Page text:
What About Home Appraisal???

I am really bad at noticing TV commercials. I could be looking straight at the TV during the commercial break and fail to recall a single one. But last week, one happened to catch my attention.

While browsing through TV channels, I stopped at a commercial for one of the dot-com real estate companies. Now, my feelings about the internet-based real estate services are the same as for Amazon.com vs. Brick and Mortar Bookstores -- I love, and shop at them both!

Basically, I do not dislike real estate companies just because they're dot-com.

This specific commercial, however, left me unable to reconcile the client-statement, claiming to sell a house at 55K above the asking price, thanks to the amazing skills of that one real estate agent associated with that dot-com.

Honestly, I still keep asking myself:

  1. How is that possible?

  2. What had to happen for this to be possible?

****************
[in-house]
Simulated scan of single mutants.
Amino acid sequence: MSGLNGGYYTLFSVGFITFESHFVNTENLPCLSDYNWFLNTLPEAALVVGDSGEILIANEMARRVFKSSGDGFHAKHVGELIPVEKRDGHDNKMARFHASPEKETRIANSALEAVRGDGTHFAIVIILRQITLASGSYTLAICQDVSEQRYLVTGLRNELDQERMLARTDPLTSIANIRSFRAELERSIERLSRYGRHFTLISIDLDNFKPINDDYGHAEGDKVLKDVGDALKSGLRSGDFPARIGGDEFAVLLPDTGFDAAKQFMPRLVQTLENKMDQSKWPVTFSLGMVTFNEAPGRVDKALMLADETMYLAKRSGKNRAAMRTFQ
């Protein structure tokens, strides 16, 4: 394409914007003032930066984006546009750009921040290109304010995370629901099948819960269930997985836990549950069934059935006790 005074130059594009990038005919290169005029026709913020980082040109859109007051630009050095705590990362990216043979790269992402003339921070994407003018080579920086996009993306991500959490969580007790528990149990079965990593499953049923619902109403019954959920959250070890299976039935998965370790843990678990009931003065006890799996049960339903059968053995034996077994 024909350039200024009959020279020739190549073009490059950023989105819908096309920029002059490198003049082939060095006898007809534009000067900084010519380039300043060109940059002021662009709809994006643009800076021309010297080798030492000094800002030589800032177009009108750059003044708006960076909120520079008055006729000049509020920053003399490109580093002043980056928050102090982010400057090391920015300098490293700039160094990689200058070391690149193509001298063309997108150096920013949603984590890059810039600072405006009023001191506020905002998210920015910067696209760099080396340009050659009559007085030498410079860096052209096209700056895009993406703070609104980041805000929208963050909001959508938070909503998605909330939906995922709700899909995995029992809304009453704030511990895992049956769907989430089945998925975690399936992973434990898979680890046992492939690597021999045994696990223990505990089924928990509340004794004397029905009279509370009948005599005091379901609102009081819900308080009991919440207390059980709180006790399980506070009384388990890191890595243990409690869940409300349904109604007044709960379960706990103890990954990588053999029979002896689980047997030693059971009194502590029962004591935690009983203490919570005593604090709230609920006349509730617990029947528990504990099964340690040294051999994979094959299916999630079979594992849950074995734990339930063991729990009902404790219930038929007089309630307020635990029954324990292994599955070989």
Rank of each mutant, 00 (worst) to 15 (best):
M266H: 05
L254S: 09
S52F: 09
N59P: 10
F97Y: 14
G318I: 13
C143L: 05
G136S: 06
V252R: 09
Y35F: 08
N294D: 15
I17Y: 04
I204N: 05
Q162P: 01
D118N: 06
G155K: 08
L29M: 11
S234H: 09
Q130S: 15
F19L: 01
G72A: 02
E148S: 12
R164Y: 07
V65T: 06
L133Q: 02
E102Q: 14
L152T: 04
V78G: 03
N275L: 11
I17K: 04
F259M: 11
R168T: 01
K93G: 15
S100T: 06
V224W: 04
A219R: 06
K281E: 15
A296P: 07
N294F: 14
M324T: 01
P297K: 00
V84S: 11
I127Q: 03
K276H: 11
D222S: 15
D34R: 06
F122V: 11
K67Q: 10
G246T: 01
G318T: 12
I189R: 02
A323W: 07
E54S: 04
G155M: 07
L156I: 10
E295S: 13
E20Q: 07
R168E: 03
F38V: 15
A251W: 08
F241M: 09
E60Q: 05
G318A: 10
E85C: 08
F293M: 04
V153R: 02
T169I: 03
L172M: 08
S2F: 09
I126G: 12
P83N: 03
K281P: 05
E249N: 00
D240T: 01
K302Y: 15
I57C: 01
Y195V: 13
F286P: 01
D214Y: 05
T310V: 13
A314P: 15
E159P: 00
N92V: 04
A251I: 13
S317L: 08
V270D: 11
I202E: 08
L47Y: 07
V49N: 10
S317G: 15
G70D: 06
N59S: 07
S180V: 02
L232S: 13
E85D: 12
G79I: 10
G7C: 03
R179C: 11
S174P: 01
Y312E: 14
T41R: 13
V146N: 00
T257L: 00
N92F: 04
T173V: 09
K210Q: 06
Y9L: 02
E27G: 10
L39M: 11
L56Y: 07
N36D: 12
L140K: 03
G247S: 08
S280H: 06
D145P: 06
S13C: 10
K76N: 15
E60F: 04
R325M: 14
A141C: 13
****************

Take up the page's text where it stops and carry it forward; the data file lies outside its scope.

It's not uncommon for a seller to want listing their house at above the (local) market price, but as real estate agents, we provide them with market analysis supporting our price recommendation, and reminding them about the home appraisal process.

(If you're looking to mortgage your future home, the bank will send an appraiser to validate the price before they will issue funding.)

So, for the 55K above the asking price transaction, the buyers must have had either enough funding of their own OR the house really did appraise for the +55K.

And if the house really did appraise for the 55K above the asking price, wouldn't that indicated that this specific property was listed at below market price? If that's the case, how can the dot-com agent claim credit for selling it at "above" the asked amount?

There are no processes/rules stating that if you do this and that, the house will sell at above the market value.

In the end, it is the market that will dictate the price. Anything other, is an exception which would leave the agent (of that advertised deal) as surprised as anyone else.

- Gosha